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Former bank boss faces drug charges


Former Co-operative Bank chairman Paul Flowers has faced claims of alleged drugs use

Former Co-operative Bank chairman Paul Flowers has faced claims of alleged drugs use

Former Co-operative Bank chairman Paul Flowers has faced claims of alleged drugs use

Disgraced former Co-op Bank boss Paul Flowers has been charged with possession of drugs including cocaine and crystal meth.

The Methodist minister, 63, was arrested by officers from West Yorkshire Police in the Liverpool area last year.

Flowers, who has been dubbed the crystal Methodist, stepped down as the Co-operative Bank's chairman in June amid claims of illegal drug use and inappropriate expenses payments.

He was charged with two counts of possession of Class A drugs - cocaine and methamphetamine - and one count of possession of Class C drug ketamine, prosecutors said.

A second man was also charged in relation to the incident.

Gavin Woroniuk, 33, of Mitford Road, Leeds, faces four counts of offering to supply controlled drugs and one count of possession of criminal property.

Both men will appear at Leeds Magistrates' Court on May 7.

Flowers was suspended by both the Methodist Church and the Labour Party following allegations that he bought and used illegal drugs. It also emerged that he quit as a Labour councillor in Bradford after porn was found on his computer, although at the time he claimed he was leaving due to pressure of work.

The Co-operative Bank confirmed last year that it was seeking to recover contractual payments totalling £31,000 made to Mr Flowers amid reports that he was also the subject of an inquiry into ''lavish'' expense claims at the Co-op when he resigned from the mutual's group board in June.

It also emerged that Flowers left the Manchester-based drug charity Lifeline Project in 2004 after an investigation over claims for expenses there.

Flowers, of Hollingwood Drive, Bradford, was charged after he answered bail at Stainbeck police station in Leeds.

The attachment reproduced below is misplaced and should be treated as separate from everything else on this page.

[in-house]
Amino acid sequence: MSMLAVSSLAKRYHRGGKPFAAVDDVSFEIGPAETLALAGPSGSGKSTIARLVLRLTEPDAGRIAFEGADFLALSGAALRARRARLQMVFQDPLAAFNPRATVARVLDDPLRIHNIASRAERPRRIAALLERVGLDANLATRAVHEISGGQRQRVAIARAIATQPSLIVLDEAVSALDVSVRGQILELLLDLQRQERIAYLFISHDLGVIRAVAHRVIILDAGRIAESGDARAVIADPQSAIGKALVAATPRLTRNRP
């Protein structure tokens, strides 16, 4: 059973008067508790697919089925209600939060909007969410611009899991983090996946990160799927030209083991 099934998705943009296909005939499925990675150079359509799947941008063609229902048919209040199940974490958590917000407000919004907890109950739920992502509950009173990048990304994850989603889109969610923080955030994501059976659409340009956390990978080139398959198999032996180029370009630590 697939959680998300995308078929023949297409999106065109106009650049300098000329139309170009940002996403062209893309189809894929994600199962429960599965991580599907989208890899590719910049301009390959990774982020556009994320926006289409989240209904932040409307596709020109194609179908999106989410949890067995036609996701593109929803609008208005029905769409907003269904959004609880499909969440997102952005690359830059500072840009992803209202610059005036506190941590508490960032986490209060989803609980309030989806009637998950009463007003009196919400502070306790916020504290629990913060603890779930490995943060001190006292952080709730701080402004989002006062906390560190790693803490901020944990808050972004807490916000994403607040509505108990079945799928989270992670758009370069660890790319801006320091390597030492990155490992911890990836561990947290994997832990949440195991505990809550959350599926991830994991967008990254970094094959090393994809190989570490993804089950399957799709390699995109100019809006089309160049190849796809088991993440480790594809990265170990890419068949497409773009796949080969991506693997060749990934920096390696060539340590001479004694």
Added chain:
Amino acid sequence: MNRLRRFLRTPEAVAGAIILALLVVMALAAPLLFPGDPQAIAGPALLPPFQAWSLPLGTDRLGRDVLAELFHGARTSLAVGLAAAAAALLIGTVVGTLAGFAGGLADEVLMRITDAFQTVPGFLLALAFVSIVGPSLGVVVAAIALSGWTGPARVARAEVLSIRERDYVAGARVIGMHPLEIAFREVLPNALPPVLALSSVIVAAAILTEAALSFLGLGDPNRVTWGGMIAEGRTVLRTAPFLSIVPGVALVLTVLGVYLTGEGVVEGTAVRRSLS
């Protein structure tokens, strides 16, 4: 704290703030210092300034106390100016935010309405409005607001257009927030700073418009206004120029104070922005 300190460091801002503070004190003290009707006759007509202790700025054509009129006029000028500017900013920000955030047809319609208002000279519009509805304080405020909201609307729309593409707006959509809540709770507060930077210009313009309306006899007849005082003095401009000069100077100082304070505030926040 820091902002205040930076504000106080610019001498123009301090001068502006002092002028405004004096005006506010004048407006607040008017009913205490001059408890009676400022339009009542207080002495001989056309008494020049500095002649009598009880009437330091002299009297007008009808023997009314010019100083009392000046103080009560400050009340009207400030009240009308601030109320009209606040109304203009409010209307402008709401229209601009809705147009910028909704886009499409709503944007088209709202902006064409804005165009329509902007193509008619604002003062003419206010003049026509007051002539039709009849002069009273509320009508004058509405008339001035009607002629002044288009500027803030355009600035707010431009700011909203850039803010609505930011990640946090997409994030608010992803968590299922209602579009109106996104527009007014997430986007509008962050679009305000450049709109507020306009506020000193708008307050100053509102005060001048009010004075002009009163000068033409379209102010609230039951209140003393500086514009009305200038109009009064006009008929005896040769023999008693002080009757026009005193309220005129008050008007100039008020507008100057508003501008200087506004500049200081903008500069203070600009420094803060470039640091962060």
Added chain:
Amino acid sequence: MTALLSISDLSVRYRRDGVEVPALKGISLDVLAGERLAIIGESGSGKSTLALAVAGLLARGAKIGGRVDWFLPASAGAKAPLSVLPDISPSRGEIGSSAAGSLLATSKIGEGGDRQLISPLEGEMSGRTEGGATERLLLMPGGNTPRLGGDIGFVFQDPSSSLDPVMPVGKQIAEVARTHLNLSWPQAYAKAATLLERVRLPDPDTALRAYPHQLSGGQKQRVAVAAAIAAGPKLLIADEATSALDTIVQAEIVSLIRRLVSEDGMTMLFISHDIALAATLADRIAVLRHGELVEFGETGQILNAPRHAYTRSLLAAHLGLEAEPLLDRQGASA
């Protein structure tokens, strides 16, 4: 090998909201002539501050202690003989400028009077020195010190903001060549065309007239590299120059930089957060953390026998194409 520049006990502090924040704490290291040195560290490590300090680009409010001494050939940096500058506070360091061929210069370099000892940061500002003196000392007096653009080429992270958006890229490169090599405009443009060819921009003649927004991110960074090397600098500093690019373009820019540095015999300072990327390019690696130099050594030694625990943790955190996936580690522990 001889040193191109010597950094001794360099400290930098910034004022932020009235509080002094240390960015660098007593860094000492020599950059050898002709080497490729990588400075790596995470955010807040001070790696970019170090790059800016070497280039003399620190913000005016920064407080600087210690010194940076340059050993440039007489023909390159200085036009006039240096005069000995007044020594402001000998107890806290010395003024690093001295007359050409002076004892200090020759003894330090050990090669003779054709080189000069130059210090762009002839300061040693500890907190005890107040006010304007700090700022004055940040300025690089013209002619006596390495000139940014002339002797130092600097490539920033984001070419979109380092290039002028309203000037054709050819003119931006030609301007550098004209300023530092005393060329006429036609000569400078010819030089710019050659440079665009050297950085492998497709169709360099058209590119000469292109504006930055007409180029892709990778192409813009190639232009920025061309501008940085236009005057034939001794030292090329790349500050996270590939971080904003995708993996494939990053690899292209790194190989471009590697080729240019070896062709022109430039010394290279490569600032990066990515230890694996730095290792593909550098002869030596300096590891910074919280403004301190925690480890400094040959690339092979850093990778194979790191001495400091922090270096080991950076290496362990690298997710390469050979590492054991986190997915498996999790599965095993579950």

He made no comment to reporters and photographers as he left the building, but on his arrival earlier today he called the waiting media "vultures".

He said: "'There is a phrase for some people, they call them vultures, and I really do hope that somebody quotes me on that, especially the BBC.

''The BBC have been really nice to me but the rest of you are vultures.''

His solicitor, Andrew Hollas, told reporters outside the police station that his client would make a "full statement" following his court appearance.

When asked about media coverage of the case, he replied: " He's been charged with very serious offences but you're absolutely correct, I think it's been self-evident that he has been hounded for six months by certain elements of the press and they have included many allegations within their papers that have been completely without foundation. However, I'm not prepared to go into that any further at the moment.

"Mr Flowers has assured me, and through me I'm instructing you, that he will make a full statement after his magistrates' appearance."

Clare Stevens, from the Crown Prosecution Service's complex casework unit in Yorkshire and Humberside, said: " We have carefully considered a file of evidence gathered by West Yorkshire Police in relation to alleged criminal offences committed by Paul Flowers in Bradford in November 2013.

"Following a review of the evidence, I have concluded that there is sufficient evidence and it is in the public interest to charge Paul Flowers with possession of Class A and Class C drugs relating to an incident on November 9 2013."